Slowly however, as their brand matures in the market after a few products that are prototyped from the market leader’s, the company should start to capitalize on the distinguishing feature and diverge away from the prototypical design.
I believe Samsung is going to approach this step near the end of the next quarter or latest, end of this year.
Sony (you and your arc/xperia play) kinda jumped the gun. But I admire the guts you displayed and give kudos to you. However, recently with the bad PR (PSN hack) and the natural disaster (3.11, prayers still with Japan), it’s hard to make a strong comeback in the next little while.
All in all, to establish yourself as a strong brand, companies that aren’t the market leader in their industry can do one of two things:
1. Do something radically different and hope it flies.
2. Prototype a little while and diverge.

So now that we’ve understood more about this prototyping business, we get back to the main question: how far is too far?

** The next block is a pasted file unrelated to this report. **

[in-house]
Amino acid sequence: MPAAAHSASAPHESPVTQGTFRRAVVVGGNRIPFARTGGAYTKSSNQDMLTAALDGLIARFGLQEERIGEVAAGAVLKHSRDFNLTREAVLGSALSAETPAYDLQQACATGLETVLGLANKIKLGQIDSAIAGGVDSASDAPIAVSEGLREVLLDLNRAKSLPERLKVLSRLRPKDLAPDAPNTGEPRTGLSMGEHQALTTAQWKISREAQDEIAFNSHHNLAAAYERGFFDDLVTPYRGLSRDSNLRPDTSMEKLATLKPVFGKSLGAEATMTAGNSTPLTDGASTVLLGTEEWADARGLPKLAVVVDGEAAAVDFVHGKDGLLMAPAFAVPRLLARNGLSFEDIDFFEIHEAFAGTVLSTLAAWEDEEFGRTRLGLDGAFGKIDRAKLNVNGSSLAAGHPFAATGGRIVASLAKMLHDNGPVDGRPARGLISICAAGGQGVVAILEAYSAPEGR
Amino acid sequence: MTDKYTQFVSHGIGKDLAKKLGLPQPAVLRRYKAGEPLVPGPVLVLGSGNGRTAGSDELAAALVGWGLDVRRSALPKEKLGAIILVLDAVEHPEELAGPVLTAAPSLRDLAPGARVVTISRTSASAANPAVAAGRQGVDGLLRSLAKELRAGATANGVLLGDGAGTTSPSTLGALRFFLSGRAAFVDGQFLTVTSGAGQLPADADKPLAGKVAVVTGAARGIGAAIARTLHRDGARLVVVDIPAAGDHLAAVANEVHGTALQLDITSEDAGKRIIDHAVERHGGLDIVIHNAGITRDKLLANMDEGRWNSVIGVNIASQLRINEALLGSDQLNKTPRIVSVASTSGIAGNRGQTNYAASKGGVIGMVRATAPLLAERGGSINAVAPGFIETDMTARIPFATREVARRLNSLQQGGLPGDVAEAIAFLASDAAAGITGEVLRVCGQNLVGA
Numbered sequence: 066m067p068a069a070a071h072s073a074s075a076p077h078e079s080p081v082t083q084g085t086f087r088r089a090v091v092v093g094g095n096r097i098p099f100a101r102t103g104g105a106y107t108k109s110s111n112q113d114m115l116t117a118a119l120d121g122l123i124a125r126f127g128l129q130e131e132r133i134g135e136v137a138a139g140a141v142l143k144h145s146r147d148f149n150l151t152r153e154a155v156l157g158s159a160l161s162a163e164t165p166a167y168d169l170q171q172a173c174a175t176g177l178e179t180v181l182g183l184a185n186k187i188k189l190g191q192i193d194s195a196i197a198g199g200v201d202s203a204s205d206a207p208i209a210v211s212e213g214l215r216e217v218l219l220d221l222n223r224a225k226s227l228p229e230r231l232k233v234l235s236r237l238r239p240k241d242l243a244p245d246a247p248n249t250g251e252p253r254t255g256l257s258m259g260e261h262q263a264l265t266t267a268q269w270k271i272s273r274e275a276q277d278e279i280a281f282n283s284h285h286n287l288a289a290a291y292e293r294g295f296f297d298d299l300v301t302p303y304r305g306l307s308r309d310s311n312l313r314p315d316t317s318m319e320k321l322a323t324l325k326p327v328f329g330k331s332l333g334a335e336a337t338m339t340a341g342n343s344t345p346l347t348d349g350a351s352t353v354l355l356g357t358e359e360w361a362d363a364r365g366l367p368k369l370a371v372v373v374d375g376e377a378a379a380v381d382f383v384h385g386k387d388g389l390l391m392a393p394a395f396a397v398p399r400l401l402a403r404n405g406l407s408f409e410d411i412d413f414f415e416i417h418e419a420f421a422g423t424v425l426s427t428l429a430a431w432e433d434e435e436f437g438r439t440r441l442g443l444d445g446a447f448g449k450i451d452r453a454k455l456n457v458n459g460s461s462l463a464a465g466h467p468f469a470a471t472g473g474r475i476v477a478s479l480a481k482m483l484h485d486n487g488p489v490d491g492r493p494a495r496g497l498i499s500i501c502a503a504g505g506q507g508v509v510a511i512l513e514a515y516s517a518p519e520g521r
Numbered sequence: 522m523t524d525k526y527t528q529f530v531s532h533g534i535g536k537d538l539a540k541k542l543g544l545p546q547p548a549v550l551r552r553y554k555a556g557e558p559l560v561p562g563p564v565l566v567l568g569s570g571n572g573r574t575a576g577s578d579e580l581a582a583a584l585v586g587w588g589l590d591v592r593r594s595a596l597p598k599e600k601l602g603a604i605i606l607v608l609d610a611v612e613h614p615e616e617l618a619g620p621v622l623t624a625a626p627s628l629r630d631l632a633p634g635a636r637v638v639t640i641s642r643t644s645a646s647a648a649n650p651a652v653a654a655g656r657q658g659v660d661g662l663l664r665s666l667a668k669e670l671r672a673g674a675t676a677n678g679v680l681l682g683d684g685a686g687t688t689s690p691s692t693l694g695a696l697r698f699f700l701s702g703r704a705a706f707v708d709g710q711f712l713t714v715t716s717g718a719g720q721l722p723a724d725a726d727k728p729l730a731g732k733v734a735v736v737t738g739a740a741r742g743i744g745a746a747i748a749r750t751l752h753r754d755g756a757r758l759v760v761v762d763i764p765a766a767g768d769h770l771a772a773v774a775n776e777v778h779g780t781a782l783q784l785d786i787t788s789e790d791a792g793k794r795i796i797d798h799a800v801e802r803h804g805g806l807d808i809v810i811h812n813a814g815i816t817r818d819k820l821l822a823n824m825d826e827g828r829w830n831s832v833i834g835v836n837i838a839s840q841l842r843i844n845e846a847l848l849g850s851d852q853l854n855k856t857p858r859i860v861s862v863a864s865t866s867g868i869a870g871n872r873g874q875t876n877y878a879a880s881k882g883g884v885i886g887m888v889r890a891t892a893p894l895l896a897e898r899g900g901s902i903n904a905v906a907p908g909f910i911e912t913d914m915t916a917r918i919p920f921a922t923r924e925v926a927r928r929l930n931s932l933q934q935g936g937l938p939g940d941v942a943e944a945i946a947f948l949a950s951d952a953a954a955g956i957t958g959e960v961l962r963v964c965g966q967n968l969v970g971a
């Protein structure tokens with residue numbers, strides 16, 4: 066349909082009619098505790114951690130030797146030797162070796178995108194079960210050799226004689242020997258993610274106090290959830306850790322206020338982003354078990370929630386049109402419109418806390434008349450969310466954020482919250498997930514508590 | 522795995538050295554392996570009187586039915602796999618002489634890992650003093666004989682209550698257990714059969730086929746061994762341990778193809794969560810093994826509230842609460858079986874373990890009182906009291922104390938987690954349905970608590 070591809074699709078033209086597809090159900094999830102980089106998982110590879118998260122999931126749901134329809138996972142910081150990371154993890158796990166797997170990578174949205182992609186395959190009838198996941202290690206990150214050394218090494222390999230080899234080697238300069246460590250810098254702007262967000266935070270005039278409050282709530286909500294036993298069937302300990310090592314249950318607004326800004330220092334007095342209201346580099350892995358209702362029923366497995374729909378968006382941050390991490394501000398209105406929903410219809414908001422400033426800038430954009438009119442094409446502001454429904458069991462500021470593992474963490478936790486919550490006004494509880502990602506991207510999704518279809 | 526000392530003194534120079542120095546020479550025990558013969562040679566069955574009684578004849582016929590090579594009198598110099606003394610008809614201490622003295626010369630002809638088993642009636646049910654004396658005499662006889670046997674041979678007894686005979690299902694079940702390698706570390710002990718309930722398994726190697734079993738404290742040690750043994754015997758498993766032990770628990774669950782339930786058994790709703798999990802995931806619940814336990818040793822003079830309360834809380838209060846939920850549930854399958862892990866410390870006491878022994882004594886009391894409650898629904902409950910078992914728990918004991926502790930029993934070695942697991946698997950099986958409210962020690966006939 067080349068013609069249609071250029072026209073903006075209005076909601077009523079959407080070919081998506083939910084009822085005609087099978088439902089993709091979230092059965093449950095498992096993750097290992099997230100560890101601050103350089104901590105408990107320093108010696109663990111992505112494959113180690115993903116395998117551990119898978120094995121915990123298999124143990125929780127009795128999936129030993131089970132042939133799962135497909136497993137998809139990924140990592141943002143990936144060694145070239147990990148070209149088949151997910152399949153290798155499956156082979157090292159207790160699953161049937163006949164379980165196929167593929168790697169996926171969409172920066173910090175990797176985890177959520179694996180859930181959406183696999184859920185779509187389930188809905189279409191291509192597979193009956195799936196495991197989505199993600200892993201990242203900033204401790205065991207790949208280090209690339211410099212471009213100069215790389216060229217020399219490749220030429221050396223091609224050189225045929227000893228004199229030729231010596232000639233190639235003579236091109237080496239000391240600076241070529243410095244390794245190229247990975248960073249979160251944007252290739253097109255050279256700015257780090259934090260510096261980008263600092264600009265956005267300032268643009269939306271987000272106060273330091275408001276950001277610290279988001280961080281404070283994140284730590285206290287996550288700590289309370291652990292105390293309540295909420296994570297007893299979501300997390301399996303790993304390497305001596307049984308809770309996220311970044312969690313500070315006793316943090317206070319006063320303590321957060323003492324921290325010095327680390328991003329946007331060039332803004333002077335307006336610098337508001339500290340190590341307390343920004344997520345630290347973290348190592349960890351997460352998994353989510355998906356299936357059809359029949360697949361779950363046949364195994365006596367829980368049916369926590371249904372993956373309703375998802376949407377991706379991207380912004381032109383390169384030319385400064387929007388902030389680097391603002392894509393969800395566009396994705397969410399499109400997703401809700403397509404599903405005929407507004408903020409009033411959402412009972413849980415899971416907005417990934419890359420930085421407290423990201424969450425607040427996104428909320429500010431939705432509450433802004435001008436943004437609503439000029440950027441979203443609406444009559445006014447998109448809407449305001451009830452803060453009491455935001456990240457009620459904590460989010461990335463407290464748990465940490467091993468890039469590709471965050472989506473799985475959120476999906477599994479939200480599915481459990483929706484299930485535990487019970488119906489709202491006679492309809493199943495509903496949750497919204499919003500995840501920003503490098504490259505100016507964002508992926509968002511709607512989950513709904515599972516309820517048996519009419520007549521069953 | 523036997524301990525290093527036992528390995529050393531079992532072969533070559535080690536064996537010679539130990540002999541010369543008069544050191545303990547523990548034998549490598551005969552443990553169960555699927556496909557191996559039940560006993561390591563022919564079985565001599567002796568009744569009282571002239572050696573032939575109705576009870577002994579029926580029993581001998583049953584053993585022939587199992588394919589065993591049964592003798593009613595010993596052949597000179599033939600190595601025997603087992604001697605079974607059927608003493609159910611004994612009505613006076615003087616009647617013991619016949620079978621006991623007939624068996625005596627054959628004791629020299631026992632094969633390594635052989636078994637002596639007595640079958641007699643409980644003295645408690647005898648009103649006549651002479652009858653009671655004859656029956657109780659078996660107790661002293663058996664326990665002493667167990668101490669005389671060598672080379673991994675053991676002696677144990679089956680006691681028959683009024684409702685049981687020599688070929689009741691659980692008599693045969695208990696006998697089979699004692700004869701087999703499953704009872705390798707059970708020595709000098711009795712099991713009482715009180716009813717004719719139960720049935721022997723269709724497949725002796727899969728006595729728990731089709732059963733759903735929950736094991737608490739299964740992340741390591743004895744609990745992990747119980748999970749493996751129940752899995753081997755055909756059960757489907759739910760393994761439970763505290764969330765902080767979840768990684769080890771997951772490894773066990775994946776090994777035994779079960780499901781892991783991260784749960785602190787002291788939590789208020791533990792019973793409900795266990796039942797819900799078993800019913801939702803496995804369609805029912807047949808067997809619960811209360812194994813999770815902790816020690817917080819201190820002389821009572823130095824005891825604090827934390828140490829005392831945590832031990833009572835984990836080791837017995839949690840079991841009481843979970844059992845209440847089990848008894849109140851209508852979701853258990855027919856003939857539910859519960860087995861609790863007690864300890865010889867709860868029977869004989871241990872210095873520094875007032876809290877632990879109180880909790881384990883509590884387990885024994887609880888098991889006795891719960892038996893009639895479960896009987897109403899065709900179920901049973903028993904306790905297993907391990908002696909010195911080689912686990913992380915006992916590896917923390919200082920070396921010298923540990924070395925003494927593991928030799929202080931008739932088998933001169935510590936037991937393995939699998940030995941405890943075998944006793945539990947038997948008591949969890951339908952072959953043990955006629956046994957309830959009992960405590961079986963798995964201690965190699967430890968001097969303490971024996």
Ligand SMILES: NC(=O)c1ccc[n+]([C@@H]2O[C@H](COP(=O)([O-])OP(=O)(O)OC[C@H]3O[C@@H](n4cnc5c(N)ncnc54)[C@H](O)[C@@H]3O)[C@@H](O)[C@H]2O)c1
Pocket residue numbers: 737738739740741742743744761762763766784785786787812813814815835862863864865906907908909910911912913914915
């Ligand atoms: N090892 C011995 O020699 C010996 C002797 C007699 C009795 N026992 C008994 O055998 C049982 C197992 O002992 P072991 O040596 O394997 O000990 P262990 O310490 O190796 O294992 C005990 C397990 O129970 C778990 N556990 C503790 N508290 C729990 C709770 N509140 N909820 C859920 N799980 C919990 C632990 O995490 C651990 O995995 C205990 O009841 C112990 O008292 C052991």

I draw the line when the two products look exactly the same when you place it a few meters away and squint really hard. Of course when you pick it up and play around with it after riding the teacups and it seems exactly the same to you then; that’s also too far.

His honourable judge Brian Leung presiding.
My verdict: Samsung is not guilty of copying Apple’s design.
There are so many features available only on Samsung that aren’t found in the egoPods.

Final word:
Technology are like girls. All the top-notch ladies are very similar on the outside, but once you get to know them and discover their unseen attributes you’ll really find out that they’re all different. In the end, lucky lady you choose to keep says a lot about yourself as a person. Obviously there will be dudes who will just want to date people purely based on outward appearances, there’s a market for everyone. To each their own.